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Environment activists say advanced countries applying double standards
Kompas - December 3, 2007
Nusa Dua, Bali – Activists from the Civil Society Forum or CSF are calling for a fairer world in order to overcome the impact of climate change. Without resolving global injustices first, climate change will only increase the burden on billions of poor around the world.
This demand was raised during a meeting of non-government organisations (NGOs) on Saturday and Sunday (December 1-2) in the lead up to the Climate Change Conference that is to be held in Nusa Dua, Bali. The meeting, which was initiated by the Indonesian Forum for the Environment (Walhi), was attended by some 60 NGOs and some 100 people form local support groups.
Walhi Executive Director Chalid Muhammad said that up until now the advanced countries in the North have been applying double standards in their models of global development, that is on the one side they promote the issue of preserving the environment, but on the other hand they insist on maintaining the supply of cheep raw materials that destroy important social and ecological sectors in the Southern countries.
For the Southern countries, this model of global development further contributes to poverty. The people in the South are trapped in a cycle of social and ecological crisis, environmental damage, social disintegration and the loss of access to their sources of livelihood. Hunger, malnutrition, natural disasters and poverty are the daily fare for the people of the South, while the governments of the Southern countries are busy filling the consumption needs of the Northern countries and paying off foreign debt, while providing their citizens with the crumbs of development.
According to Chalid, the patterns of energy consumption by the northern countries that are wasteful and polluting, is historically the primary cause of global warming.
In an Indonesian Civil Society Position Paper written by the CSF, it said that efforts to overcome the impact of global warming have been led astray by economic and political interests that fail to address the reality being suffered by the world’s citizens. In spite of being put forward voluntarily though bilateral agreements, the solutions being offered in schemes by the United Nations Framework Convention on Climate Change (UNFCCC), are still essentially within a business framework.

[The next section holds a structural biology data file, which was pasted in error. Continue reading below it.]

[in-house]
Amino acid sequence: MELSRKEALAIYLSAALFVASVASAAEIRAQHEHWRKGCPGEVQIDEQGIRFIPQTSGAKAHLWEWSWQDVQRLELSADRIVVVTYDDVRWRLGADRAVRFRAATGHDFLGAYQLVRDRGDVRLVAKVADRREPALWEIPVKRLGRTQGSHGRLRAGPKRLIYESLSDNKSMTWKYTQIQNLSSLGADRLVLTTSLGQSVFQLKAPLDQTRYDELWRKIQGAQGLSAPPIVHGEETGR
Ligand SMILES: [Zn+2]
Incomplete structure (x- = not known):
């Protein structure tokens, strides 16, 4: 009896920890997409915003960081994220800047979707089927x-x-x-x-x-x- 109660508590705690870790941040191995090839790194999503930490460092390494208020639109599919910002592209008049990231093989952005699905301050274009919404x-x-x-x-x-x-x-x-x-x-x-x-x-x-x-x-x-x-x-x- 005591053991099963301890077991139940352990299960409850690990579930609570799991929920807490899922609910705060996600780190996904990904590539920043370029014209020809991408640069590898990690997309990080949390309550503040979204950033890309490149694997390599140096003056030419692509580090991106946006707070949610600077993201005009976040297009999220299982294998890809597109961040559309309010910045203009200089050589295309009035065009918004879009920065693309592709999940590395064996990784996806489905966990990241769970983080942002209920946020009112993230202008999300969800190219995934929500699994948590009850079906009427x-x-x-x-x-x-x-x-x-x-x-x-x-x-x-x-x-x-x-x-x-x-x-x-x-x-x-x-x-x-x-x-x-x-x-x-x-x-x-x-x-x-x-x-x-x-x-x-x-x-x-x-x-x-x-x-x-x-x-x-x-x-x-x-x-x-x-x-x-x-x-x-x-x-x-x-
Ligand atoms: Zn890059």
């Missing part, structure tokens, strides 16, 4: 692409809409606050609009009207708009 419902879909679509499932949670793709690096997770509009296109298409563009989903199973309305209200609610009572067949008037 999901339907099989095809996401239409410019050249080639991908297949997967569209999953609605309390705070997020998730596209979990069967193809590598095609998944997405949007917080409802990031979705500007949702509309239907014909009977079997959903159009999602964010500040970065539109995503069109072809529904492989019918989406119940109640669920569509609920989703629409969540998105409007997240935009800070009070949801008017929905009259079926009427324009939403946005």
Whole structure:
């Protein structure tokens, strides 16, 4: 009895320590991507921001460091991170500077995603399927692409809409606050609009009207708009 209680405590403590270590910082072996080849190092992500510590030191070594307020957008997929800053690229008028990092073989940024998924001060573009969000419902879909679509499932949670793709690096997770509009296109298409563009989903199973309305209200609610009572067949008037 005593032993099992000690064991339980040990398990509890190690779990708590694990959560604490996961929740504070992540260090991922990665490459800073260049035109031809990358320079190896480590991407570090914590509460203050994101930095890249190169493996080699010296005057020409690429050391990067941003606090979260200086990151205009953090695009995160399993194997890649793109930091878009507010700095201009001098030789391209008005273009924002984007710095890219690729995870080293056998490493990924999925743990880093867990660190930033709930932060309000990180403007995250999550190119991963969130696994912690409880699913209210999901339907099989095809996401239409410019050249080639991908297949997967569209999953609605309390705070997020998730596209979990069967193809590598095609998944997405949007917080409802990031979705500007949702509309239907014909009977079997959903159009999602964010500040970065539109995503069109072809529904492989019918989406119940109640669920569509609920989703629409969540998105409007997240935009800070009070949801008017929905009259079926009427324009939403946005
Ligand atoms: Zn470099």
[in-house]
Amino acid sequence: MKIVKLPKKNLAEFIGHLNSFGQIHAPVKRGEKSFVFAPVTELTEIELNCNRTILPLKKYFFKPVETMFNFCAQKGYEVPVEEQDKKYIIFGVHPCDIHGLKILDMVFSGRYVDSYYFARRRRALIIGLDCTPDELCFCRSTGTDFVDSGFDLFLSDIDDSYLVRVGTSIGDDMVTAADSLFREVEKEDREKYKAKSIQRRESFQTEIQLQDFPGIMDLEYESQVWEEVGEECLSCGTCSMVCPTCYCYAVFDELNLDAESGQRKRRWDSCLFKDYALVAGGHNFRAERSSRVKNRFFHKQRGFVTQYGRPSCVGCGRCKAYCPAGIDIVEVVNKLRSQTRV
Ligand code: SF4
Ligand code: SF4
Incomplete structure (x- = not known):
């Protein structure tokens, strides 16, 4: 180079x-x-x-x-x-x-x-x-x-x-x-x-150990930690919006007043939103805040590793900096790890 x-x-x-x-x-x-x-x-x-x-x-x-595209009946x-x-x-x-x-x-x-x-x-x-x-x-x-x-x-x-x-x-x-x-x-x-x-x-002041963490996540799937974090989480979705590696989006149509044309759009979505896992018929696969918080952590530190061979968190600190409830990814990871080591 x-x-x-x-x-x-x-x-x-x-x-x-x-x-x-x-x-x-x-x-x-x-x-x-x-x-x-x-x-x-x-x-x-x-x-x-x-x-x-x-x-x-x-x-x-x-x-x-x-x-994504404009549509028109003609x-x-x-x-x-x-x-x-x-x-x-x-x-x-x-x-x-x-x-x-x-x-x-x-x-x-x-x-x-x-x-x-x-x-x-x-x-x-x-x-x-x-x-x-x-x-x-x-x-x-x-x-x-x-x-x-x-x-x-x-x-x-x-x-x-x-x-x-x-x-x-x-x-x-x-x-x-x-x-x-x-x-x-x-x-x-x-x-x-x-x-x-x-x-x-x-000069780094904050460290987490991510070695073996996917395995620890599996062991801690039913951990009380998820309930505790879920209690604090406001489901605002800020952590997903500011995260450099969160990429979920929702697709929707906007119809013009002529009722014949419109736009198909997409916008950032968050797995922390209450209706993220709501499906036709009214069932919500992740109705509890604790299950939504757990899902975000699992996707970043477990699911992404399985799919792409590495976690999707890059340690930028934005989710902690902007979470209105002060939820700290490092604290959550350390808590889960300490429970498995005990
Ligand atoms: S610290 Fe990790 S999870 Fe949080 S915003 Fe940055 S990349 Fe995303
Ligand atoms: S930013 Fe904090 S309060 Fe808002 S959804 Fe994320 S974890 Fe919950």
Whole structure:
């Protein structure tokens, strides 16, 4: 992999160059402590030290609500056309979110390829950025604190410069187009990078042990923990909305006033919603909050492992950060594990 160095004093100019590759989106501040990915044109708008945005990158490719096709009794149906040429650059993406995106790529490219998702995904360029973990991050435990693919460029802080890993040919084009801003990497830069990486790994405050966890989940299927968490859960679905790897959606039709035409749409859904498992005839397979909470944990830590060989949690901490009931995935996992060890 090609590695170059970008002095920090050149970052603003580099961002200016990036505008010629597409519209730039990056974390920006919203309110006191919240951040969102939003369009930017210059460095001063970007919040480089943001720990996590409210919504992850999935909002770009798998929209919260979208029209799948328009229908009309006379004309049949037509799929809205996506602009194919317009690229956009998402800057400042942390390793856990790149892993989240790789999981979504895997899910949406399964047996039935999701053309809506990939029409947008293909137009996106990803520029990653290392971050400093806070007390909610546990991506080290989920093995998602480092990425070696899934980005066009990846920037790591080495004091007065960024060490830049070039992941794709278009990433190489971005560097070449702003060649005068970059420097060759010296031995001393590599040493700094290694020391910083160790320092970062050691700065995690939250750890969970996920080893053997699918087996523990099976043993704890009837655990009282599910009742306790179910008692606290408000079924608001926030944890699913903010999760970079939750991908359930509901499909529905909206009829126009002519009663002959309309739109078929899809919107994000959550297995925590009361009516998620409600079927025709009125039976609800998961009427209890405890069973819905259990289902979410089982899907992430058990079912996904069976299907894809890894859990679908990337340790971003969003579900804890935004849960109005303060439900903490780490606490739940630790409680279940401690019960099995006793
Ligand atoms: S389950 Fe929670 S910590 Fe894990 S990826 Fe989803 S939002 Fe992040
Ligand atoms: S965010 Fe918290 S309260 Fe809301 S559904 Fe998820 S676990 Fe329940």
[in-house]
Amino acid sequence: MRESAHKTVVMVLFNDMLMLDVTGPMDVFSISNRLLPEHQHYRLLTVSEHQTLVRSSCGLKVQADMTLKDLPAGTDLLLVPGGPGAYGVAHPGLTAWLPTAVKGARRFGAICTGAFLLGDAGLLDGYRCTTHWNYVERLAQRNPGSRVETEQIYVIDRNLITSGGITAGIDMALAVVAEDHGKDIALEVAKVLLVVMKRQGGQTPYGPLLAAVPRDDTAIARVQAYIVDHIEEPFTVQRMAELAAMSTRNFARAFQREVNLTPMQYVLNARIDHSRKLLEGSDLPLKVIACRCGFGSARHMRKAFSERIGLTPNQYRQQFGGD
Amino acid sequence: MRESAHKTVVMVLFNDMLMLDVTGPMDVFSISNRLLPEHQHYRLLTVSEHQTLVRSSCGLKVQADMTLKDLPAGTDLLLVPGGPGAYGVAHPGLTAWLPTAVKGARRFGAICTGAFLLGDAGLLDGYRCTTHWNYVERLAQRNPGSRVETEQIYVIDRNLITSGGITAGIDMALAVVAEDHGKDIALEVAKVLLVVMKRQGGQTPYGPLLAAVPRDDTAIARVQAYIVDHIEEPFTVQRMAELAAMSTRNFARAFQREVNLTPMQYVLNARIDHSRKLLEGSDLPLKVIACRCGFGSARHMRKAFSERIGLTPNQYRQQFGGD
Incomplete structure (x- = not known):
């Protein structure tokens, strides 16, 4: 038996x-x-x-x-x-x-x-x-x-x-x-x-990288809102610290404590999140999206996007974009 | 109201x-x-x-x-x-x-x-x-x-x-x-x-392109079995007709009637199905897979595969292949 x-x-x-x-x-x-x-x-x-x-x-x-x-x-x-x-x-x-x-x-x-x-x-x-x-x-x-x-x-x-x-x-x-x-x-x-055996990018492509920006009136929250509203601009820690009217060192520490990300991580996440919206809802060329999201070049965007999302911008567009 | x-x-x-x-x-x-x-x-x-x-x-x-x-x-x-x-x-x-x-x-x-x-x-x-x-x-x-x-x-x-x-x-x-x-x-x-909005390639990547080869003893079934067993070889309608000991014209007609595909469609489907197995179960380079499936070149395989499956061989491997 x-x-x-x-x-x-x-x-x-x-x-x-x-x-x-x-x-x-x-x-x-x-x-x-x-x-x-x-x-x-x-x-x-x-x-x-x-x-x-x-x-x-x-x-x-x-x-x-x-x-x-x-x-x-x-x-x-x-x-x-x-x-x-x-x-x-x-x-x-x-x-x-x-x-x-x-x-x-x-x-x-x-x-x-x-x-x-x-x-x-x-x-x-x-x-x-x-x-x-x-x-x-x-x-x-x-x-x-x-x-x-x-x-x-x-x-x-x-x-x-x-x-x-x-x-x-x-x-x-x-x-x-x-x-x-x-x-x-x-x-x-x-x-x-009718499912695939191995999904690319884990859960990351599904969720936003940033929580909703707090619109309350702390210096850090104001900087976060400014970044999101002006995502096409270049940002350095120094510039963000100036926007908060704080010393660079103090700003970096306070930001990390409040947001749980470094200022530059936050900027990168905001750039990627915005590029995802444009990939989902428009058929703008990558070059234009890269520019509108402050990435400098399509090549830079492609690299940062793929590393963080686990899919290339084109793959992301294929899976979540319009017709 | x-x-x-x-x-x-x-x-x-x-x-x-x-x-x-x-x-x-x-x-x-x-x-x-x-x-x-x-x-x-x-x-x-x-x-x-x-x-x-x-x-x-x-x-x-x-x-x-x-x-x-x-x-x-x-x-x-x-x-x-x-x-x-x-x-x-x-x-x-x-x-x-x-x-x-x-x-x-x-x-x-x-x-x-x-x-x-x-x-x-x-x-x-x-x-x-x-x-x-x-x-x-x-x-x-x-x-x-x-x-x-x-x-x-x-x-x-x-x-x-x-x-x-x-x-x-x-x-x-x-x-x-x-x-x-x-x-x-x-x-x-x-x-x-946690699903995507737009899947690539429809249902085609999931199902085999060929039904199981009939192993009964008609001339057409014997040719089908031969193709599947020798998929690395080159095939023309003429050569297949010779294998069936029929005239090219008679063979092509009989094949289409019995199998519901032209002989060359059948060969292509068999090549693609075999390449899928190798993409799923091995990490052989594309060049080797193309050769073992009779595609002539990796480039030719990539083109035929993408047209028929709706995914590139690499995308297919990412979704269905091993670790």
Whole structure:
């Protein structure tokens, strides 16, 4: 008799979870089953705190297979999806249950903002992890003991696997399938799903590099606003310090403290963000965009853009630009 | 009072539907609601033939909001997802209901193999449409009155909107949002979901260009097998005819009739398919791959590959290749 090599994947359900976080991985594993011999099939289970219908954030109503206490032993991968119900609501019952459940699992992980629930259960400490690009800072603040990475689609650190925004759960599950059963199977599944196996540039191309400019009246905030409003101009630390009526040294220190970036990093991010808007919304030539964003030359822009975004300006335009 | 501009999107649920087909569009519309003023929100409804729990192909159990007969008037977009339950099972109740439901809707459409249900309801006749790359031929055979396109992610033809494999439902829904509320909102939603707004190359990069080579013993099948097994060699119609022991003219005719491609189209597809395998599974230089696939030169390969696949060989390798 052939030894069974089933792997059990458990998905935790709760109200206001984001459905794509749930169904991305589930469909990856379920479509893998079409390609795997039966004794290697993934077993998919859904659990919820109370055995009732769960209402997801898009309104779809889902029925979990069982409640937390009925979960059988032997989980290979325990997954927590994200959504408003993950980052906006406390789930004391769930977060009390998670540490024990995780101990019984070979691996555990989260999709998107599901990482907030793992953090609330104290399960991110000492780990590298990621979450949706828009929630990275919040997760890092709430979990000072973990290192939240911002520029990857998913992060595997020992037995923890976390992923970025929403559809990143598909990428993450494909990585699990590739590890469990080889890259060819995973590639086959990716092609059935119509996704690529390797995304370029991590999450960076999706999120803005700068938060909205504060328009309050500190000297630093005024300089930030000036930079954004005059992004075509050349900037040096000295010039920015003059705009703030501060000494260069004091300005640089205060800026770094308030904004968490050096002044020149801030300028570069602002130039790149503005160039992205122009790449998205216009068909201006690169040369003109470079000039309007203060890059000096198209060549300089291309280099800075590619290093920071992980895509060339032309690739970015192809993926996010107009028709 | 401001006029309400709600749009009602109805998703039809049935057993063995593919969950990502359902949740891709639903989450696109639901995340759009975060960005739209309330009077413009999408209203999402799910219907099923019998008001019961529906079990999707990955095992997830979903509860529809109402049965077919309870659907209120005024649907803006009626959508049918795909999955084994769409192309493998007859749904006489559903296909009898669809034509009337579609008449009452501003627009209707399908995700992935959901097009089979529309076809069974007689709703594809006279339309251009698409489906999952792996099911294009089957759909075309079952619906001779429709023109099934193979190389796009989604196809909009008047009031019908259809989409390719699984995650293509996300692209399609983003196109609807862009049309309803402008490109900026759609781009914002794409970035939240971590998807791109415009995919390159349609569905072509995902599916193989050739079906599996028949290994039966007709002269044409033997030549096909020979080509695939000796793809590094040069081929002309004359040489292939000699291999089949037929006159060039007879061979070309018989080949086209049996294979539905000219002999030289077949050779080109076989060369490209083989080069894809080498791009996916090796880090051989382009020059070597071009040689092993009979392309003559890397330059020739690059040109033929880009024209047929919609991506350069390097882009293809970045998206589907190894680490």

These negotiators are convinced that solutions in the form of technology transfer and rearranging forest areas will be able to address global warming and climate change. Moreover they believe the market is the primary mechanism to take action to overcome climate change. “This demonstrates that the signals of climate change have not been enough to change the views of world leaders in managing the planet,” said Chalid.
During yesterdays meeting, which was attended by at least eight international NGOs including Oil Watch, Friends of the Earth International and Jubilee 2000, intervention models were formulated to counter-balance the mainstream models that focus on carbon trading schemes.
Subsidised by local people
Hendri Saparini, an economic observer from the Advisory Group in Economics, Industry and Trade (Econit, a private think tank) said that the carbon-trading scheme represents a subsidy forced on local people to maintain the lifestyles of those in the advanced countries.
“These negotiations appear to only look at the value of carbon, which on paper is very high, but don’t consider the fate of local people who will come under more pressure because of these mechanisms”, he said.
Saparini said that limiting energy use for development in the developing countries is also a part of this scheme as a whole. “We are forced to undertake energy conversion and all sorts of other things to protect consumption in the advanced countries”, he added. (AIK/MH/OKI/ANS/AYS/ONG)
[Translation by James Balowski. Last two paragraphs on security at the Bali conference and President Susilo Bambang Yudhoyono attendance omitted.]
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